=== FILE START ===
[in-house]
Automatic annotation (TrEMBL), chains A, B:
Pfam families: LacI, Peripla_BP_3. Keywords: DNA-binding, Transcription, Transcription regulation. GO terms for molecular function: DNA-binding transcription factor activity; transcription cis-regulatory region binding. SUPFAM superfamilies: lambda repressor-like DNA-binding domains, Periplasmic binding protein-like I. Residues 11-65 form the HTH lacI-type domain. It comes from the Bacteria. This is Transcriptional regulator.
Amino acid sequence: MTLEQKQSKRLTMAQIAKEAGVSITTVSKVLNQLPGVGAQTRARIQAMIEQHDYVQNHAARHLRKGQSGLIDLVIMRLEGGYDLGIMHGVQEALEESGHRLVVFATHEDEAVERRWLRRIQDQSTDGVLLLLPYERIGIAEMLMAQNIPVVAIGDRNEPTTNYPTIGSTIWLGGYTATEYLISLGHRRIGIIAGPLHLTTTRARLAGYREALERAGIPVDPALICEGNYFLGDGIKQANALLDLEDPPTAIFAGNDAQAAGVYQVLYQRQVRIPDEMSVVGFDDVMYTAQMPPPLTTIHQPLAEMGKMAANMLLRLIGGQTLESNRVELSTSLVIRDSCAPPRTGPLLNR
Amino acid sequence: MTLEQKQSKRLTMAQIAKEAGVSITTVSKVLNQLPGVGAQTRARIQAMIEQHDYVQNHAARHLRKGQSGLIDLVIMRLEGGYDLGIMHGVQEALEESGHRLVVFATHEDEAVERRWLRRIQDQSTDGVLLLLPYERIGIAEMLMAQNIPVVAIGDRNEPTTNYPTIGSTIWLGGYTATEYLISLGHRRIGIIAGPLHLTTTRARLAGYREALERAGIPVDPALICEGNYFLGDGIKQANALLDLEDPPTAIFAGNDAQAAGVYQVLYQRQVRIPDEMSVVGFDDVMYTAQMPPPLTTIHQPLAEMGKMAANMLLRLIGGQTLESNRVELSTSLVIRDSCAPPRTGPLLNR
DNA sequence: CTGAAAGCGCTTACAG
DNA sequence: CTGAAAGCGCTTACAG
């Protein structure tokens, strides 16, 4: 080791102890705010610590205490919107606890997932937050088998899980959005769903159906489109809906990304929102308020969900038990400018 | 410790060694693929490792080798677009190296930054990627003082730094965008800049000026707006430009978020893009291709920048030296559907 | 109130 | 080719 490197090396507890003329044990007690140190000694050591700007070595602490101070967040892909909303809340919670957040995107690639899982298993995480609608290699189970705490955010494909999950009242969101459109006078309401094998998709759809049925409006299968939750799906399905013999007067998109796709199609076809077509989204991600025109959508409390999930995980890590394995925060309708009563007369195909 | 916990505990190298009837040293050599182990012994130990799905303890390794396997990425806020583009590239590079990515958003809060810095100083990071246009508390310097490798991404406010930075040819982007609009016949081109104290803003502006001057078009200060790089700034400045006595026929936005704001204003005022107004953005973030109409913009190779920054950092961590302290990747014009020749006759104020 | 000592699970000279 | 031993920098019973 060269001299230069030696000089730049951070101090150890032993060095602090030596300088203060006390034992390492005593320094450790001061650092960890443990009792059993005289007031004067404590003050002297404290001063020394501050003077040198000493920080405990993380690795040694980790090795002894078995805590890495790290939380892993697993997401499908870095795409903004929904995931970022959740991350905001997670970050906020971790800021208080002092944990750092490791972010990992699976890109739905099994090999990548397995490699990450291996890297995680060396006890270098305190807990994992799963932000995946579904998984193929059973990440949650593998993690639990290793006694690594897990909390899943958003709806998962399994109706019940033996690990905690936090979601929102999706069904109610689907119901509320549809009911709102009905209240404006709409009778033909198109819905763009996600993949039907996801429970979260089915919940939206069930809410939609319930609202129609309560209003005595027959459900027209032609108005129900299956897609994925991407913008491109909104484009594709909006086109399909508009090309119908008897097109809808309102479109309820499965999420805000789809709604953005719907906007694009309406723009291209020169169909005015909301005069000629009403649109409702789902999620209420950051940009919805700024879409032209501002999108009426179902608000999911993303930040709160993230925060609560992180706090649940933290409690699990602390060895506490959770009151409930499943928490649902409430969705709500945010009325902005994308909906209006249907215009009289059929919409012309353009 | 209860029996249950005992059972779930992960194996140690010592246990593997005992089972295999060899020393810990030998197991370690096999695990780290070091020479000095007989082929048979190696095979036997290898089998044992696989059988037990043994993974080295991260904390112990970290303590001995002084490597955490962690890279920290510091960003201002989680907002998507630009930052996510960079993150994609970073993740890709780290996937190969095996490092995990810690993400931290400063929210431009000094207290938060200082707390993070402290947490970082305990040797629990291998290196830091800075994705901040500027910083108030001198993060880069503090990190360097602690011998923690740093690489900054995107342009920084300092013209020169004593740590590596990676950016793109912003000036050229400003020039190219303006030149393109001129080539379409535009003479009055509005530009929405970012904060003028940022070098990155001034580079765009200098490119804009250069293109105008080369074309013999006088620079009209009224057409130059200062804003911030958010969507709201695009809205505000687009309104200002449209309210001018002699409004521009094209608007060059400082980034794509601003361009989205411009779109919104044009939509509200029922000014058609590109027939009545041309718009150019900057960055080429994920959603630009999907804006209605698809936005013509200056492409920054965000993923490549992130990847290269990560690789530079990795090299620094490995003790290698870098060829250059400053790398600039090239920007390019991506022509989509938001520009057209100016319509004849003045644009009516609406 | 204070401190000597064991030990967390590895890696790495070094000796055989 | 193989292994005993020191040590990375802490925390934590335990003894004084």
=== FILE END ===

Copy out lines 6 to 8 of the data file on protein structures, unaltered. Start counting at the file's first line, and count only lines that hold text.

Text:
DNA sequence: CTGAAAGCGCTTACAG
DNA sequence: CTGAAAGCGCTTACAG
């Protein structure tokens, strides 16, 4: 080791102890705010610590205490919107606890997932937050088998899980959005769903159906489109809906990304929102308020969900038990400018 | 410790060694693929490792080798677009190296930054990627003082730094965008800049000026707006430009978020893009291709920048030296559907 | 109130 | 080719 490197090396507890003329044990007690140190000694050591700007070595602490101070967040892909909303809340919670957040995107690639899982298993995480609608290699189970705490955010494909999950009242969101459109006078309401094998998709759809049925409006299968939750799906399905013999007067998109796709199609076809077509989204991600025109959508409390999930995980890590394995925060309708009563007369195909 | 916990505990190298009837040293050599182990012994130990799905303890390794396997990425806020583009590239590079990515958003809060810095100083990071246009508390310097490798991404406010930075040819982007609009016949081109104290803003502006001057078009200060790089700034400045006595026929936005704001204003005022107004953005973030109409913009190779920054950092961590302290990747014009020749006759104020 | 000592699970000279 | 031993920098019973 060269001299230069030696000089730049951070101090150890032993060095602090030596300088203060006390034992390492005593320094450790001061650092960890443990009792059993005289007031004067404590003050002297404290001063020394501050003077040198000493920080405990993380690795040694980790090795002894078995805590890495790290939380892993697993997401499908870095795409903004929904995931970022959740991350905001997670970050906020971790800021208080002092944990750092490791972010990992699976890109739905099994090999990548397995490699990450291996890297995680060396006890270098305190807990994992799963932000995946579904998984193929059973990440949650593998993690639990290793006694690594897990909390899943958003709806998962399994109706019940033996690990905690936090979601929102999706069904109610689907119901509320549809009911709102009905209240404006709409009778033909198109819905763009996600993949039907996801429970979260089915919940939206069930809410939609319930609202129609309560209003005595027959459900027209032609108005129900299956897609994925991407913008491109909104484009594709909006086109399909508009090309119908008897097109809808309102479109309820499965999420805000789809709604953005719907906007694009309406723009291209020169169909005015909301005069000629009403649109409702789902999620209420950051940009919805700024879409032209501002999108009426179902608000999911993303930040709160993230925060609560992180706090649940933290409690699990602390060895506490959770009151409930499943928490649902409430969705709500945010009325902005994308909906209006249907215009009289059929919409012309353009 | 209860029996249950005992059972779930992960194996140690010592246990593997005992089972295999060899020393810990030998197991370690096999695990780290070091020479000095007989082929048979190696095979036997290898089998044992696989059988037990043994993974080295991260904390112990970290303590001995002084490597955490962690890279920290510091960003201002989680907002998507630009930052996510960079993150994609970073993740890709780290996937190969095996490092995990810690993400931290400063929210431009000094207290938060200082707390993070402290947490970082305990040797629990291998290196830091800075994705901040500027910083108030001198993060880069503090990190360097602690011998923690740093690489900054995107342009920084300092013209020169004593740590590596990676950016793109912003000036050229400003020039190219303006030149393109001129080539379409535009003479009055509005530009929405970012904060003028940022070098990155001034580079765009200098490119804009250069293109105008080369074309013999006088620079009209009224057409130059200062804003911030958010969507709201695009809205505000687009309104200002449209309210001018002699409004521009094209608007060059400082980034794509601003361009989205411009779109919104044009939509509200029922000014058609590109027939009545041309718009150019900057960055080429994920959603630009999907804006209605698809936005013509200056492409920054965000993923490549992130990847290269990560690789530079990795090299620094490995003790290698870098060829250059400053790398600039090239920007390019991506022509989509938001520009057209100016319509004849003045644009009516609406 | 204070401190000597064991030990967390590895890696790495070094000796055989 | 193989292994005993020191040590990375802490925390934590335990003894004084």